Along with rice, noodles are a staple of the Japanese diet and central to everyday life, from quick lunches to iconic festival dishes. There are a wide variety of noodles available in Japanese cuisine. The most commonly eaten noodles are soba and udon. Soba uses buckwheat flour, and has a more distinct, almost “grainy” taste, while udon has more texture to it. Depending on the area they are made, there are a remarkable number of variations on these two dishes served both hot or cold.
Soba originated in China and was brought to Japan toward the end of the Jōmon period (the earliest major culture of prehistoric Japan, characterized by pottery decorated with cord-pattern [jōmon] impressions or reliefs – it coincided with the Neolithic Period in Europe). There are also records of buckwheat flour, the main ingredient in soba grown to help fight famine in the Nara period (710 to 794). Buckwheat is a highly nutritious grain, particularly rich in vitamin B. The inside of the grain is white, but if the skin is also used, the soba flour has a unique flavour and turns a greyish colour. This kind of soba flour is used to make the soba that people enjoy so widely. The buckwheat flour and water are kneaded together, rolled into thin sheets and cut into long slender noodles.
Soba is typically made with buckwheat flour with a filler, (that filler mainly being regular wheat flour), but when you find something called juwari soba (Juwari means 100%) on the menu, you can rest assured that what you are eating has been made with 100% buckwheat flour. For those that prefer a deeper flavored soba noodle, or have an allergy or sensitivity to gluten, juwari soba is the best Japanese noodle dish for you. Not only are they made from 100% buckwheat flour, but they are also chock full of vitamin B1.
You may also see noodles labeled nihachi soba (2/8 > 20/80), which means that they have been made with 20% wheat flour, 80% buckwheat flour. If it’s your first time trying soba, or you prefer something with a slightly milder taste, it may be better to eat nihachi soba instead.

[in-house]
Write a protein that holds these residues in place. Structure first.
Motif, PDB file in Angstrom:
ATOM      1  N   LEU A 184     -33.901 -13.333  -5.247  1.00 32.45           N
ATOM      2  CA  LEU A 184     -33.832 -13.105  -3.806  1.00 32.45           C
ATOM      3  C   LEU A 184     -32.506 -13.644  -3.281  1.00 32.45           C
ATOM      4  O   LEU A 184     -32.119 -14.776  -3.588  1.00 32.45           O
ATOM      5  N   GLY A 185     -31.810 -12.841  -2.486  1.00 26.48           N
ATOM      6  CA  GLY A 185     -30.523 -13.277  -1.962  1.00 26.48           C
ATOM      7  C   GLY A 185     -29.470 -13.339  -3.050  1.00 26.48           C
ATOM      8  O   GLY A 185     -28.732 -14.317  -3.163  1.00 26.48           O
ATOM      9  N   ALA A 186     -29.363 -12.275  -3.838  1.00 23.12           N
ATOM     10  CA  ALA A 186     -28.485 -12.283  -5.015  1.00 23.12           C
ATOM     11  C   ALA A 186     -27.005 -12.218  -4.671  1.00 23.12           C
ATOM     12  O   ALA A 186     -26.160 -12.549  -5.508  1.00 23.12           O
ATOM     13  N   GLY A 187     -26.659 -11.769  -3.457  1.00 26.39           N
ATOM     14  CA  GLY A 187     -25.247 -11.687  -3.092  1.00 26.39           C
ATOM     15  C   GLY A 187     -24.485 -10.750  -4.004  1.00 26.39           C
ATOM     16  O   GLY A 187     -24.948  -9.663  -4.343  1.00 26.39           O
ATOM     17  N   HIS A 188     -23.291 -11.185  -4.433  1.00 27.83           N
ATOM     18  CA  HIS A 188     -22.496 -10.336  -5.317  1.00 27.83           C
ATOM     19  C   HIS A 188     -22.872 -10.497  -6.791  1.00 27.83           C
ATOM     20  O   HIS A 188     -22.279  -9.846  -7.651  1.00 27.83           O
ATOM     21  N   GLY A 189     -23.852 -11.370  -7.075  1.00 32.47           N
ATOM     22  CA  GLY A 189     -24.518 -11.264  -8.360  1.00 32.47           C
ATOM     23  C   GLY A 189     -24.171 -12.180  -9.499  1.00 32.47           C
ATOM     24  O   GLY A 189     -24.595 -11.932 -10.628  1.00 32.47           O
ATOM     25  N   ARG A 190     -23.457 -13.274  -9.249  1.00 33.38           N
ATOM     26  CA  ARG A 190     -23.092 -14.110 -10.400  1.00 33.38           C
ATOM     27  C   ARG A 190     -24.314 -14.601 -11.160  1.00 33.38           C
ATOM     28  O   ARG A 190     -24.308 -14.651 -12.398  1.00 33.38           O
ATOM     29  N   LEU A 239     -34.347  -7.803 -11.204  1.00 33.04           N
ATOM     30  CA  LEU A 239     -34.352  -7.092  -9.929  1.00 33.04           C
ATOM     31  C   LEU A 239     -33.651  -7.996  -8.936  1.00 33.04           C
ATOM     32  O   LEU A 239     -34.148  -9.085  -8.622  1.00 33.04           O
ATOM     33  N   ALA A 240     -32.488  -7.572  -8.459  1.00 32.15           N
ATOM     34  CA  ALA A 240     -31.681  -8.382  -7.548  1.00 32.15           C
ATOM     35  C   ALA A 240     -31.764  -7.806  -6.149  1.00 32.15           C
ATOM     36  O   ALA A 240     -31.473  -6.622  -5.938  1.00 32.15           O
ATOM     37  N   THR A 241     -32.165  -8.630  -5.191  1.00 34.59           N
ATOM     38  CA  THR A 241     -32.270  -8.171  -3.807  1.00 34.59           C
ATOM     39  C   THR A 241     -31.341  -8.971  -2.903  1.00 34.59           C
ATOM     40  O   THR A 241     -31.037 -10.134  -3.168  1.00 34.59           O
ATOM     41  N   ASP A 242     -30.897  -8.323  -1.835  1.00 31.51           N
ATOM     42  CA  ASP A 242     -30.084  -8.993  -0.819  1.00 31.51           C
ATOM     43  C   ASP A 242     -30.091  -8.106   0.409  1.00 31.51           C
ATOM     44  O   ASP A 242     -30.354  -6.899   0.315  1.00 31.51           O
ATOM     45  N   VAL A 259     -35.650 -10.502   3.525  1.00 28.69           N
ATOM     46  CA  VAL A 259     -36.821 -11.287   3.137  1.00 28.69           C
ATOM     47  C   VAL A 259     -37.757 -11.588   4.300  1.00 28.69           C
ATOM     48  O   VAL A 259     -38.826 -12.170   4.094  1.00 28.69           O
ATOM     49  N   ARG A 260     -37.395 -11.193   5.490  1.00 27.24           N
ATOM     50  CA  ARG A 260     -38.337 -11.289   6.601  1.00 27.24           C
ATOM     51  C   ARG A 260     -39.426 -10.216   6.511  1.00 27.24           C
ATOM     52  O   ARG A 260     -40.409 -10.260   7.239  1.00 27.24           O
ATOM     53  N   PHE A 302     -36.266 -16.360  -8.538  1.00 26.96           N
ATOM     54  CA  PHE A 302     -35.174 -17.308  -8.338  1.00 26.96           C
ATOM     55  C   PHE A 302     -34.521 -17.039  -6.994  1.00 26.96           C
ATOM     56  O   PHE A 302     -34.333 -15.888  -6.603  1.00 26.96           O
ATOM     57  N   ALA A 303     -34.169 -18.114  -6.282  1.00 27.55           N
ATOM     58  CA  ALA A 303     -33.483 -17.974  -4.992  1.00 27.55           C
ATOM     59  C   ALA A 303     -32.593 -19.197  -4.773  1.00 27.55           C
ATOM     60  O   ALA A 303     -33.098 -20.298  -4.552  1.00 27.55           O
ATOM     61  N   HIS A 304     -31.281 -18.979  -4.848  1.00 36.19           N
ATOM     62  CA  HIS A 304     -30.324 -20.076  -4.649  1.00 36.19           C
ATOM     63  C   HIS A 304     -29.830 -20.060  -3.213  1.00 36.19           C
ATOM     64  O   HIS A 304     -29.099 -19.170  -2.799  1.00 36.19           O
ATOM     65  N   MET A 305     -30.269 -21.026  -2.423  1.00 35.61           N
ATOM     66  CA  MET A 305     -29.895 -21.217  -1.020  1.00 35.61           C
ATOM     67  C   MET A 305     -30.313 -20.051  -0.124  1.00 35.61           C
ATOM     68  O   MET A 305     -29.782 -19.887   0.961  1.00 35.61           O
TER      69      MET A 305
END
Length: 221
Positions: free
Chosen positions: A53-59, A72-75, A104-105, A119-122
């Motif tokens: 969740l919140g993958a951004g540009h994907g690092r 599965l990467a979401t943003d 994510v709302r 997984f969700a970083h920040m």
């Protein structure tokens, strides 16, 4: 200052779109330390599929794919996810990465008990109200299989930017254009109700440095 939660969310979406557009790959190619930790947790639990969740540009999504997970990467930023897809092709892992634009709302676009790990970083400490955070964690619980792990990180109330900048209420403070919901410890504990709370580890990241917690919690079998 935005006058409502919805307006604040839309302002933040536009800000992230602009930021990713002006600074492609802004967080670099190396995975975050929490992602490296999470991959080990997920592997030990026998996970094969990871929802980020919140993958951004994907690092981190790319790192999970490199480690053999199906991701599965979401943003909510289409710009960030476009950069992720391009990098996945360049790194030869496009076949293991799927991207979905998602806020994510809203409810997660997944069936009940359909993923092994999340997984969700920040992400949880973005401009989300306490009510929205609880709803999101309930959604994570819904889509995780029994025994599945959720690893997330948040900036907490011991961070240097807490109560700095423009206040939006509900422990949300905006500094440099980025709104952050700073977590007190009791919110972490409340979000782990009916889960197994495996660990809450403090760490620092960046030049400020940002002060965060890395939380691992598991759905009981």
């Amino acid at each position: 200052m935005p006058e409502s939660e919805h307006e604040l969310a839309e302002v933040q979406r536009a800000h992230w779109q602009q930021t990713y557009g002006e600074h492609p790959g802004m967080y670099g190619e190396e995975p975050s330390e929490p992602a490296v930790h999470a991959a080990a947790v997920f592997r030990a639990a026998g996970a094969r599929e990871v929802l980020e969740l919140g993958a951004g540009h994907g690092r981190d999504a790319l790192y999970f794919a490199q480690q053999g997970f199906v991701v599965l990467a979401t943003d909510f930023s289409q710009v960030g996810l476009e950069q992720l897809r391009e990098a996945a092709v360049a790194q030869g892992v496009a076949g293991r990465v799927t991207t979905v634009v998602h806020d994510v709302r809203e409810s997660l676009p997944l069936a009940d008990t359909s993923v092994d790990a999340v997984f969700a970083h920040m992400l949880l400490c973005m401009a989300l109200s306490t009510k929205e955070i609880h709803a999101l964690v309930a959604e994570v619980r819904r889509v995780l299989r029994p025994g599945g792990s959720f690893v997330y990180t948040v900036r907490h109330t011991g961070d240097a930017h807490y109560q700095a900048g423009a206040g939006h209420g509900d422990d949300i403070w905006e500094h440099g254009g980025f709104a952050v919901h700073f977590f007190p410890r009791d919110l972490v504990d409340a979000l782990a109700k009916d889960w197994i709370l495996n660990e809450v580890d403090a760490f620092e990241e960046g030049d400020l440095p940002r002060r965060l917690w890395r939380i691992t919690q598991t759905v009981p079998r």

Below are some of the more common varieties of soba you may come across. Note that some dishes are known under different names depending on the region.
The most basic kind of chilled soba served on a tray with a simple chilled dipping sauce (tsuyu) on the side. The dipping sauce is usually a mixture of soup stock, water, and mirin. There are historical differences between Zaru and Mori soba. but these days, the major difference is zaru soba has nori seaweed on top of the soba noodles, while mori soba does not. **This is probably my favorite Japanese dish served with tempura. Yu-um.
Served in a bowl of hot, clear broth. The broth is made of the same components as the dipping sauce for the chilled soba but in a lower concentration.
Served with a piece of abura-age, thin sheets of fried tofu, on top of the soba noodles. When in Osaka, if you want soba with a piece of abura-age on top, you will ask for Tanuki Soba instead.
Is served with a helping of tenkasu, crunchy bits of leftover fried tempura batter. In Osaka, the same soba with a helping of tenkasu is known as Haikara Soba.
Served with tempura either on the side or on top of the noodles. There are usually three to five different kinds of tempura pieces, and the ingredients vary from shop to shop. The noodles are served either on a tray or in a soup.
Tsukimi Soba (see below)
Tororo is a white, sticky, paste-like cream made of grated raw naga-imo (yam). It is usually placed on top of the soba noodles or served on the side to be added to the noodles by the guest (as on the photo).
Served with cooked sansai (wild vegetables) placed on top of the noodles in the broth.
Nanban Soba (hot)
Usually refers to a broth that has leek added to it. Most times, Nanban soba has either chicken or duck in the broth as well, and the inclusion of meat is also reflected on the menu, i.e. Tori Nanban Soba (chicken) and Kamo Nanban Soba (duck).
A few recommendations for soba restaurants in Hiroshima:
Named as Bib Gourmand in Michelin Guide Hiroshima 2013 Special Edition
2 Chome-2-22 Ushitanaka, Higashi Ward, Hiroshima, 732-0065 (map link)
1770-1 Kurosecho Munechikayanakuni, Higashihiroshima (yep, I get it – uttering the name of its location is a mouthful – pardon the pun. (map link)
3 Chome-4-4 Fukuromachi, Naka Ward, Hiroshima, 730-0036 (map link)